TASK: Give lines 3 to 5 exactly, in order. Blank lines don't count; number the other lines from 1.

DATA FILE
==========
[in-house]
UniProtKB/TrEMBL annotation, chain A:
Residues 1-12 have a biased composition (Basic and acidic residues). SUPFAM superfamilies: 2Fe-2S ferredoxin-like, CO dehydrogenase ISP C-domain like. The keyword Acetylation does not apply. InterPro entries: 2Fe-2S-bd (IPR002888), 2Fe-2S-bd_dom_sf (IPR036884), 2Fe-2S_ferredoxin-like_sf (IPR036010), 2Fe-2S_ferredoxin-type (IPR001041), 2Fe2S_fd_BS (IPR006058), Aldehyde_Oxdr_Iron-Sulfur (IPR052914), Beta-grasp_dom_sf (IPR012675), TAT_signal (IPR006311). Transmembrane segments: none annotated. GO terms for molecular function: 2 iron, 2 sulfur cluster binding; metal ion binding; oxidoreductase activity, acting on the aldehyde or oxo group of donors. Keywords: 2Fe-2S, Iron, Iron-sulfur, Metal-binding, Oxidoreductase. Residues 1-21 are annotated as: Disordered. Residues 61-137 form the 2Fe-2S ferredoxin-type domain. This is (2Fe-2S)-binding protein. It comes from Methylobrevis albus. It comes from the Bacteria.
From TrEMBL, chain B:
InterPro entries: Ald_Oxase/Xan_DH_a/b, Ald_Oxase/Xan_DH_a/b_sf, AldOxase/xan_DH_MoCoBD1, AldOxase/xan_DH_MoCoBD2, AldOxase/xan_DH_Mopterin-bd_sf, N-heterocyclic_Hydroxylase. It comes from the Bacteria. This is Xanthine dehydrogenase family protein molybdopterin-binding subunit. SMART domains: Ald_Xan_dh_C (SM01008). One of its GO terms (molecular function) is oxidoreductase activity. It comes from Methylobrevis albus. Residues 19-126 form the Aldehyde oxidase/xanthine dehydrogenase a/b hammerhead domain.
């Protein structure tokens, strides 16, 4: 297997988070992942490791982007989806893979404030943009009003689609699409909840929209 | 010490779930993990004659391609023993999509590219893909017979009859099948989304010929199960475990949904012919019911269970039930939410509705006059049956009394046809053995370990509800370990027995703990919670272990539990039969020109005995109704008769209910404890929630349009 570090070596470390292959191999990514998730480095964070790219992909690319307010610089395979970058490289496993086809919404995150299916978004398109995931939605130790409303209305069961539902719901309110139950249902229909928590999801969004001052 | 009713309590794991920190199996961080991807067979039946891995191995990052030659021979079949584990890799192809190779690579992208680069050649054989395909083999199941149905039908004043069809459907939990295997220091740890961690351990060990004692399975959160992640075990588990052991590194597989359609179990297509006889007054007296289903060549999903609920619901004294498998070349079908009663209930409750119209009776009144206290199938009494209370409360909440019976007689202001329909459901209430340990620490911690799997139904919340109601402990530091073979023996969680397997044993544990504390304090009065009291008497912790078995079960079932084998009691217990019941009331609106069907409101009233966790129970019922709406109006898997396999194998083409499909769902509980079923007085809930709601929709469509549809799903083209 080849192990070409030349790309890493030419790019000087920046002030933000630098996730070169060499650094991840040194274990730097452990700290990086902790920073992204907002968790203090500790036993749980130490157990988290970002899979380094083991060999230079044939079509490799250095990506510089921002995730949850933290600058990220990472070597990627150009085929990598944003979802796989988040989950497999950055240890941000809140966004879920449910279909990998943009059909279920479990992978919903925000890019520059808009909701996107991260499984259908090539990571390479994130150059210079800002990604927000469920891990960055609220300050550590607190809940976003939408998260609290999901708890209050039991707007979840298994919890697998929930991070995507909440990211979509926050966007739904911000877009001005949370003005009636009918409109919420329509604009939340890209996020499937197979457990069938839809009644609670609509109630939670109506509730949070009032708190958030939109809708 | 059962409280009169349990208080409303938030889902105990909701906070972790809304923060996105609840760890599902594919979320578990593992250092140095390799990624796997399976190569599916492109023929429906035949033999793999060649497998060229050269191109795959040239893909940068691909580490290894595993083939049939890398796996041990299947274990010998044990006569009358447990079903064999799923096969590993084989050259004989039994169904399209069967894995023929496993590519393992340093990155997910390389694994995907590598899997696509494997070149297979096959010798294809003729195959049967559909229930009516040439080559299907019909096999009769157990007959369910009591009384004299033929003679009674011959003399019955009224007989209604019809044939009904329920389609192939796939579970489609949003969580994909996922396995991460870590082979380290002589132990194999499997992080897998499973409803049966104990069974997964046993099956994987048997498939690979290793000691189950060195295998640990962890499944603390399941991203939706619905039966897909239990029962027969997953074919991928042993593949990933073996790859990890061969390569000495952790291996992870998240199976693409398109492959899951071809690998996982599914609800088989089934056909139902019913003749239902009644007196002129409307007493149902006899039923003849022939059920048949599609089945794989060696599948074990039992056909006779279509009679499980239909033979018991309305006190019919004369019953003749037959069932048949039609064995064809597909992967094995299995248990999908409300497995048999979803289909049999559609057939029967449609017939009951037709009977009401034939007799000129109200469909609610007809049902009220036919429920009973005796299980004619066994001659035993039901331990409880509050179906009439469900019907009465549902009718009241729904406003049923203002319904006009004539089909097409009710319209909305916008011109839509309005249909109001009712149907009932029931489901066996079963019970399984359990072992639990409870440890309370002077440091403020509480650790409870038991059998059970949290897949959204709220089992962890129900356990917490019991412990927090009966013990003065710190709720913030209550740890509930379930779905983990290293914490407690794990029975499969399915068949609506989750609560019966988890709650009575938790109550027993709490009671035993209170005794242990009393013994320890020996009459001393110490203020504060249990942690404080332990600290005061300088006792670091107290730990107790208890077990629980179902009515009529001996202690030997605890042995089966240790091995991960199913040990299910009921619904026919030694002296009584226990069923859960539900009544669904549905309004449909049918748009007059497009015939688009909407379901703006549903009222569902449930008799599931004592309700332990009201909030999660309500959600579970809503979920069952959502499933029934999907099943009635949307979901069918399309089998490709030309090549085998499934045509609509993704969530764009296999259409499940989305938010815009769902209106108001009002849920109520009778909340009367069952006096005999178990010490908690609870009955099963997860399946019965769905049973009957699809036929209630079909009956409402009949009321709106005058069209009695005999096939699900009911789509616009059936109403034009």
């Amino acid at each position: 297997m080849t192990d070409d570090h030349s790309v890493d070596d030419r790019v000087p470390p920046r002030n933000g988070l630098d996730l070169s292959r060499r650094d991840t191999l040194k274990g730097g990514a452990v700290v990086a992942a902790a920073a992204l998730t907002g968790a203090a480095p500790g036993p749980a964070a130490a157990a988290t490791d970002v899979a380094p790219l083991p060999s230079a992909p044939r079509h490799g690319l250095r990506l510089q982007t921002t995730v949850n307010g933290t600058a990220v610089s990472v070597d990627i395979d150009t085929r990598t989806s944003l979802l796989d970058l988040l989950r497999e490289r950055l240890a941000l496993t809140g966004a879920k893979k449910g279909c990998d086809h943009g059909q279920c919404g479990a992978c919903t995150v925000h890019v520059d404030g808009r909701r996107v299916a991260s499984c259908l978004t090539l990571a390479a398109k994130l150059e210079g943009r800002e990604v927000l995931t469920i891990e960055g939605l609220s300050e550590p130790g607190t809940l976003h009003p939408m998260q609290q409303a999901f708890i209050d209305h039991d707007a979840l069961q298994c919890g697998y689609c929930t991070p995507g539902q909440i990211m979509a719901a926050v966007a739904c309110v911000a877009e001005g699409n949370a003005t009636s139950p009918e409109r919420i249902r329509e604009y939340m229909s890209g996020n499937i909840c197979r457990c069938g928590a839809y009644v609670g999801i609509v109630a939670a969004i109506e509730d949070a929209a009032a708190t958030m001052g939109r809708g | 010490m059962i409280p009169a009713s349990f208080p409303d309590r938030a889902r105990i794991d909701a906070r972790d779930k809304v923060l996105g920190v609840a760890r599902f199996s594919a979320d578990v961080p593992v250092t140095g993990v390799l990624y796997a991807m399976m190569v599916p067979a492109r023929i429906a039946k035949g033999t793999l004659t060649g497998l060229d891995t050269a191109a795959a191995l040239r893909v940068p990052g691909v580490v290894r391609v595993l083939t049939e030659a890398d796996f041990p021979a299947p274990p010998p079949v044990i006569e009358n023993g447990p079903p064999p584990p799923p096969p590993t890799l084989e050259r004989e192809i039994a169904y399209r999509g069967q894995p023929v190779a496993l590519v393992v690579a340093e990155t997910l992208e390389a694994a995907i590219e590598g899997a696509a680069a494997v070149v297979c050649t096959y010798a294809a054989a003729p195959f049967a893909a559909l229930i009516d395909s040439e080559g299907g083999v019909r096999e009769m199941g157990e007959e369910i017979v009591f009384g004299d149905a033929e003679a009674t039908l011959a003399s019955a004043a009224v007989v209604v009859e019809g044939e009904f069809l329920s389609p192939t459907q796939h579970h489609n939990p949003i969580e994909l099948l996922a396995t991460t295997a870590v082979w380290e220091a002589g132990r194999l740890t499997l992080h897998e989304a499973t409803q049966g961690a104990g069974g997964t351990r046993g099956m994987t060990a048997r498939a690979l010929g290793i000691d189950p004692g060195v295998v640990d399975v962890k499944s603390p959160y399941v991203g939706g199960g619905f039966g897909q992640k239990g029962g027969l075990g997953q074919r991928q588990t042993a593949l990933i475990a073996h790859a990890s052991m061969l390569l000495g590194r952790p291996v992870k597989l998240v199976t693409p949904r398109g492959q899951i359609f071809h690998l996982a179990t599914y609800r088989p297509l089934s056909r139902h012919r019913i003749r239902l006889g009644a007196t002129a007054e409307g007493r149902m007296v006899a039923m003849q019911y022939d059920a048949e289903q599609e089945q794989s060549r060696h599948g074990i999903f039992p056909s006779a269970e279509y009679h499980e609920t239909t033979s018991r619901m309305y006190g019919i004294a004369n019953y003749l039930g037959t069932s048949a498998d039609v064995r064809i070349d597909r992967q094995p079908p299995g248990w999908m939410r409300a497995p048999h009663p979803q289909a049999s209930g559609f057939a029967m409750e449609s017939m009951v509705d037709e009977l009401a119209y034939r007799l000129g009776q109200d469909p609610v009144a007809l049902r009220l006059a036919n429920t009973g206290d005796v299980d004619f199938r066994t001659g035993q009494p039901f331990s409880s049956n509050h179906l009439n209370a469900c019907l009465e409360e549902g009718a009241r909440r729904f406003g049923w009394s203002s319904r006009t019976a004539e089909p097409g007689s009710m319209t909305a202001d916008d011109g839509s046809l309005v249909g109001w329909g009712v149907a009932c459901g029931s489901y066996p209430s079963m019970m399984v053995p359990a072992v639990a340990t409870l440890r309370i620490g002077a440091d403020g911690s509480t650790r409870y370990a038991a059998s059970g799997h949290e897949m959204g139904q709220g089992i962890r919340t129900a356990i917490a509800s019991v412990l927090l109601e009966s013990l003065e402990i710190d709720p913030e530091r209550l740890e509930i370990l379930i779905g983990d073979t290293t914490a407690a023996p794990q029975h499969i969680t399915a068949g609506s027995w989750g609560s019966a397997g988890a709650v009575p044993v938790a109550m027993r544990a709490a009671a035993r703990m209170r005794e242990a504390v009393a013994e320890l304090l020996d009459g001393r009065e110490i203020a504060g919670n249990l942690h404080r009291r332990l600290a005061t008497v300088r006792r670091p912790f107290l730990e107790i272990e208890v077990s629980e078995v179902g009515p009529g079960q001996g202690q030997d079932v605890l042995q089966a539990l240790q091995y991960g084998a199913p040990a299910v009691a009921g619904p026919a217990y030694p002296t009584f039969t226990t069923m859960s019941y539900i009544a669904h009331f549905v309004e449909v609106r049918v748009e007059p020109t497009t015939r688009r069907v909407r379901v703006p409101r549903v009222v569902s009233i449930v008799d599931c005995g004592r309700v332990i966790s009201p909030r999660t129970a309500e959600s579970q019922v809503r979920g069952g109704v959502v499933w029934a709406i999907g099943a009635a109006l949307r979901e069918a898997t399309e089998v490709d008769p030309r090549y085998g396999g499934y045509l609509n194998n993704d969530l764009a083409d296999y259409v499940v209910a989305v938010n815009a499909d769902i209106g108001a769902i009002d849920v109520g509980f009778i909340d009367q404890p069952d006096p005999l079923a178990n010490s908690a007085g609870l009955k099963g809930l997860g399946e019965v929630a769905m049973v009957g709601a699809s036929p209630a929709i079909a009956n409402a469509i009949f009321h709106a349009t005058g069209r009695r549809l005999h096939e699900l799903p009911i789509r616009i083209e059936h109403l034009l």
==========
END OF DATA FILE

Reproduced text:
Residues 1-12 have a biased composition (Basic and acidic residues). SUPFAM superfamilies: 2Fe-2S ferredoxin-like, CO dehydrogenase ISP C-domain like. The keyword Acetylation does not apply. InterPro entries: 2Fe-2S-bd (IPR002888), 2Fe-2S-bd_dom_sf (IPR036884), 2Fe-2S_ferredoxin-like_sf (IPR036010), 2Fe-2S_ferredoxin-type (IPR001041), 2Fe2S_fd_BS (IPR006058), Aldehyde_Oxdr_Iron-Sulfur (IPR052914), Beta-grasp_dom_sf (IPR012675), TAT_signal (IPR006311). Transmembrane segments: none annotated. GO terms for molecular function: 2 iron, 2 sulfur cluster binding; metal ion binding; oxidoreductase activity, acting on the aldehyde or oxo group of donors. Keywords: 2Fe-2S, Iron, Iron-sulfur, Metal-binding, Oxidoreductase. Residues 1-21 are annotated as: Disordered. Residues 61-137 form the 2Fe-2S ferredoxin-type domain. This is (2Fe-2S)-binding protein. It comes from Methylobrevis albus. It comes from the Bacteria.
From TrEMBL, chain B:
InterPro entries: Ald_Oxase/Xan_DH_a/b, Ald_Oxase/Xan_DH_a/b_sf, AldOxase/xan_DH_MoCoBD1, AldOxase/xan_DH_MoCoBD2, AldOxase/xan_DH_Mopterin-bd_sf, N-heterocyclic_Hydroxylase. It comes from the Bacteria. This is Xanthine dehydrogenase family protein molybdopterin-binding subunit. SMART domains: Ald_Xan_dh_C (SM01008). One of its GO terms (molecular function) is oxidoreductase activity. It comes from Methylobrevis albus. Residues 19-126 form the Aldehyde oxidase/xanthine dehydrogenase a/b hammerhead domain.